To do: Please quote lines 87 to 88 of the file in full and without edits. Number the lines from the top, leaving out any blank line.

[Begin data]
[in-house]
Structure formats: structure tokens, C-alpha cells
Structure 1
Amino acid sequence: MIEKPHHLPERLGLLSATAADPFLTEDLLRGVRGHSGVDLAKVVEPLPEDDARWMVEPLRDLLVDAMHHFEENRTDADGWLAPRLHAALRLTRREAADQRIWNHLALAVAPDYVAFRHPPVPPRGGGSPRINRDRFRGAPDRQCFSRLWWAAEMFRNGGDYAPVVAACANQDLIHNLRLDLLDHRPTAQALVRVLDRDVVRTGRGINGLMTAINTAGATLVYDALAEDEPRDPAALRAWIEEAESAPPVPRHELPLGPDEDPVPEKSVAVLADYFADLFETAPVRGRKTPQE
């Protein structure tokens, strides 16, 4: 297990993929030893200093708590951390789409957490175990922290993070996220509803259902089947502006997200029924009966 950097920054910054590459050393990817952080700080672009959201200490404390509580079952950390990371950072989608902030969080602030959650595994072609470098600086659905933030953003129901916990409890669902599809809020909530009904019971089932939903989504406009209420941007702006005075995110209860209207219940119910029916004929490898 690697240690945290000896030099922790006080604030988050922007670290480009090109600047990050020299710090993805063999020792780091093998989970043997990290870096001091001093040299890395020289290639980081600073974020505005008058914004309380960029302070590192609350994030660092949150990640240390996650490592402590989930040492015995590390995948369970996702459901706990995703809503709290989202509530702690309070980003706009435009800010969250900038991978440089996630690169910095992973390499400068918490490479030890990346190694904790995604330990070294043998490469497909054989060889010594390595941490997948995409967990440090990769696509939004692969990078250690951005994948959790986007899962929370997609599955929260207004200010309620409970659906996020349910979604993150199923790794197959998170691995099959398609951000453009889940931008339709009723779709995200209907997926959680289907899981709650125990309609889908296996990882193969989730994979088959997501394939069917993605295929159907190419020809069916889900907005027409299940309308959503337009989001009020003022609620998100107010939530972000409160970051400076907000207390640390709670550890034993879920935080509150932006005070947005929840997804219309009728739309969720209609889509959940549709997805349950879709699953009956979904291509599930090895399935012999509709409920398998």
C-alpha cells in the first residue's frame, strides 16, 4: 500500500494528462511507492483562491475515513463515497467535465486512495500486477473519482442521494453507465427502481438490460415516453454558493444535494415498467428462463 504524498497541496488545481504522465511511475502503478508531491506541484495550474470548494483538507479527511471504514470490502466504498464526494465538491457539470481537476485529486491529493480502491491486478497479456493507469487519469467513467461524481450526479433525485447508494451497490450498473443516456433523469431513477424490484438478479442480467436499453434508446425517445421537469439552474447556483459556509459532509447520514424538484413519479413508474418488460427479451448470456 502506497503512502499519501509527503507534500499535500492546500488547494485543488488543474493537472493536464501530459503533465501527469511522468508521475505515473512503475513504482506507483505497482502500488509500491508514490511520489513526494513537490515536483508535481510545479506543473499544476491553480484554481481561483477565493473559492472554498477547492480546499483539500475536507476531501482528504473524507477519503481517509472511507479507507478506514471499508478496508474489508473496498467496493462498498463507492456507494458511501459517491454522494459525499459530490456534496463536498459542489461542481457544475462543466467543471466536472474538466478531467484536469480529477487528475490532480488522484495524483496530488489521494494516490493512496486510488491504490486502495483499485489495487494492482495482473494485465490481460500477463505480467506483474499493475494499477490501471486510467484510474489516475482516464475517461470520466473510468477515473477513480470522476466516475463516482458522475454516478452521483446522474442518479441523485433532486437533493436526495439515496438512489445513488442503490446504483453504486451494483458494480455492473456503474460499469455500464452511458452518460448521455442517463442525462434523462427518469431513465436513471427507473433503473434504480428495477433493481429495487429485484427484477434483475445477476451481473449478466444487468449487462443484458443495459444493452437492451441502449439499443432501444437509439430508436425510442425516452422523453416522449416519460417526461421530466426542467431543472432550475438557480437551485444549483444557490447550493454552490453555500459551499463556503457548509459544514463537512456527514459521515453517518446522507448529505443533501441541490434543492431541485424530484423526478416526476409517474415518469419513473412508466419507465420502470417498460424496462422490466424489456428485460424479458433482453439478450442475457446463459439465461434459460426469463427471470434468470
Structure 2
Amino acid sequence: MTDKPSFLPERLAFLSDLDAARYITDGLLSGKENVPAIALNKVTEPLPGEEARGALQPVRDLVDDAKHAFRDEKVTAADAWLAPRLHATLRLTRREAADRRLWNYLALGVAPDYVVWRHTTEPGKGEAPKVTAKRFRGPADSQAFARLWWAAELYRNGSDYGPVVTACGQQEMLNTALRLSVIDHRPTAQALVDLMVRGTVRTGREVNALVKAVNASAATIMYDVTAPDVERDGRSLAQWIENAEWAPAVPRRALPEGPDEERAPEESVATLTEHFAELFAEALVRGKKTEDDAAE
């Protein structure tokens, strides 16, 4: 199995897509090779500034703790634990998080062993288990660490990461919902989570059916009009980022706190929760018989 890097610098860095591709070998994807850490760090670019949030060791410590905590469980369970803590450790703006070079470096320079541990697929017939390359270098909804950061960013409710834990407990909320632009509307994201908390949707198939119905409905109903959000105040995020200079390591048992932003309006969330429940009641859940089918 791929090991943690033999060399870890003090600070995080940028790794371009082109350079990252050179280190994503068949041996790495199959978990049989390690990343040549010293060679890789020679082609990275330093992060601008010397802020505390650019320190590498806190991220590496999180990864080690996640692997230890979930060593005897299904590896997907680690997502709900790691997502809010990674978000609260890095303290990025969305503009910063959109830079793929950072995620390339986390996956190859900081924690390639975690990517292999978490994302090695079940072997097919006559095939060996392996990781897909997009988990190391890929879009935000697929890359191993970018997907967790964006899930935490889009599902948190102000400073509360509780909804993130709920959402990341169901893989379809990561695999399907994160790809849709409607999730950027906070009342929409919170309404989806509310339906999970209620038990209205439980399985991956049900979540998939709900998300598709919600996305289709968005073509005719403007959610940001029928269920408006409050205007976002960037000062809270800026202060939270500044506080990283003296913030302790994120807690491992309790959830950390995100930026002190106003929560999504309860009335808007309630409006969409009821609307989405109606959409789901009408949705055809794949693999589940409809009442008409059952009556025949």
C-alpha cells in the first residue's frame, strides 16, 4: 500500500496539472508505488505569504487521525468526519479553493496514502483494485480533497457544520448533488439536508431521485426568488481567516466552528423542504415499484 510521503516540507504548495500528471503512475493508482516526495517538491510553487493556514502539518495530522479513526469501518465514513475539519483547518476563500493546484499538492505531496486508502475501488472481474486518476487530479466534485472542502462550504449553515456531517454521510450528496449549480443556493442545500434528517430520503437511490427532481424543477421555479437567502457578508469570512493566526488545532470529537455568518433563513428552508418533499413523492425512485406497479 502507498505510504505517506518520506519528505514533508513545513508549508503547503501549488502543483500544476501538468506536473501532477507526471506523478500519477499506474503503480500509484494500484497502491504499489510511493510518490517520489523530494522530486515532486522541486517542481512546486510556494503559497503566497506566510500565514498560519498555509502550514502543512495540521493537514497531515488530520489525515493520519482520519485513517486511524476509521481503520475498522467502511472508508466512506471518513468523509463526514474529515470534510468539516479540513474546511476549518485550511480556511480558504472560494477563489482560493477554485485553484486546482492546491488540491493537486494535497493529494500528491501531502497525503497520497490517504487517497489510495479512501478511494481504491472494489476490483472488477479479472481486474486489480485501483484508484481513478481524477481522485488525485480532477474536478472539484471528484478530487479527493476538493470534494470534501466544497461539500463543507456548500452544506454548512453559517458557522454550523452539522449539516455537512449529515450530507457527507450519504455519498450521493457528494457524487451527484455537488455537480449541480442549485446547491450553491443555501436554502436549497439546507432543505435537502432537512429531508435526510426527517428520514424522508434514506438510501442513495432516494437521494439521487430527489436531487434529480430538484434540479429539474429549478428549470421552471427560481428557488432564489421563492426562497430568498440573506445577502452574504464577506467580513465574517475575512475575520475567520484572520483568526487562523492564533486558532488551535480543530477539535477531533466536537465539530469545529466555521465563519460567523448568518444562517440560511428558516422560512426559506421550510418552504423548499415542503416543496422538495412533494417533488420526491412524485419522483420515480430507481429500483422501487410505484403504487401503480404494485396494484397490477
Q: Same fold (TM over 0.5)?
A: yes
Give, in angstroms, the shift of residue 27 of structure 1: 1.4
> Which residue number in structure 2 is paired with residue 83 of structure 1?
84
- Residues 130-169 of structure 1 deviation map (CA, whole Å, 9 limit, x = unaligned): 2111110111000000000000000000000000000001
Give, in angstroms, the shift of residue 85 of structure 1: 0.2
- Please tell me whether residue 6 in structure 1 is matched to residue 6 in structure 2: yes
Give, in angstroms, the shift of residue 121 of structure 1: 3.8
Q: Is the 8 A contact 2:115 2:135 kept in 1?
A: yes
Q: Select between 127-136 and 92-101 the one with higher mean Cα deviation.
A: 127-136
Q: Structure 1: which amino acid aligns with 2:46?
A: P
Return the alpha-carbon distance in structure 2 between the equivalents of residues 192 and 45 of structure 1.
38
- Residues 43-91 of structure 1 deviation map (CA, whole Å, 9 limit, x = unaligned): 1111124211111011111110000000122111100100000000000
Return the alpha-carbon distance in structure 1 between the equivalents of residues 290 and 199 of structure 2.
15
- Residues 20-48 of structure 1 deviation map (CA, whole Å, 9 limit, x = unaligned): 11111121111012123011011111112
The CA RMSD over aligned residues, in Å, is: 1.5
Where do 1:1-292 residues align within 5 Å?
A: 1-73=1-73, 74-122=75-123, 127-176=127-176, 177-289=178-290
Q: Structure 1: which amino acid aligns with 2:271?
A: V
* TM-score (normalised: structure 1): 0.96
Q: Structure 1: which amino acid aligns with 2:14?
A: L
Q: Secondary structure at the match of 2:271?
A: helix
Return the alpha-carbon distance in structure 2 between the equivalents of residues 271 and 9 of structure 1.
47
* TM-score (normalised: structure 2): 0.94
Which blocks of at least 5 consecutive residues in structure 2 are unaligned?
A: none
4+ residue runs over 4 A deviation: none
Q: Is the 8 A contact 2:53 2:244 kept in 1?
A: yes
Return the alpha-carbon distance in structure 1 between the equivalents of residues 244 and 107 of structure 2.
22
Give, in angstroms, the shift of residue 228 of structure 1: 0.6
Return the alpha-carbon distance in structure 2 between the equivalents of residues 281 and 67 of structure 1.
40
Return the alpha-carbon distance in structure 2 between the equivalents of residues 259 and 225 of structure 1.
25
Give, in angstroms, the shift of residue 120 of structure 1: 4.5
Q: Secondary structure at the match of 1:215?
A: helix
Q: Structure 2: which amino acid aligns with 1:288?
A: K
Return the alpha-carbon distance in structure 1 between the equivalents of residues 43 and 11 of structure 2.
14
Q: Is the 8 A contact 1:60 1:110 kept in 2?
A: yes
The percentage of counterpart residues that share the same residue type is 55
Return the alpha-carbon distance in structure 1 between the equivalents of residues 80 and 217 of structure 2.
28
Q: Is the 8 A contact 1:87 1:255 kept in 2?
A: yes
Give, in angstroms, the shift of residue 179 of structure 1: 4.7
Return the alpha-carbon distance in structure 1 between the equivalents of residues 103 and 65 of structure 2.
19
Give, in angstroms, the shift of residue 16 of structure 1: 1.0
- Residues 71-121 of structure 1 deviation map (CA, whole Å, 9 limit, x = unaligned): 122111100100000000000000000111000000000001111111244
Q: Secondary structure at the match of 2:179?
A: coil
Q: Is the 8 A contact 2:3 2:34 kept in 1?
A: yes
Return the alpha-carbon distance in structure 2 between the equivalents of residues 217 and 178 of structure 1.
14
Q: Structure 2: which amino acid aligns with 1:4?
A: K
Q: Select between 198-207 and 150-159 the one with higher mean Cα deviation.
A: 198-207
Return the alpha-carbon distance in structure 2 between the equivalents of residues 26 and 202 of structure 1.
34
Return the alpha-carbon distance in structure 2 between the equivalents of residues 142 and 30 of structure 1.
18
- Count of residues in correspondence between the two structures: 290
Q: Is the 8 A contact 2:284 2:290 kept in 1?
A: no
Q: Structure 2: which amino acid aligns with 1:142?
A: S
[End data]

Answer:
34
Return the alpha-carbon distance in structure 2 between the equivalents of residues 142 and 30 of structure 1.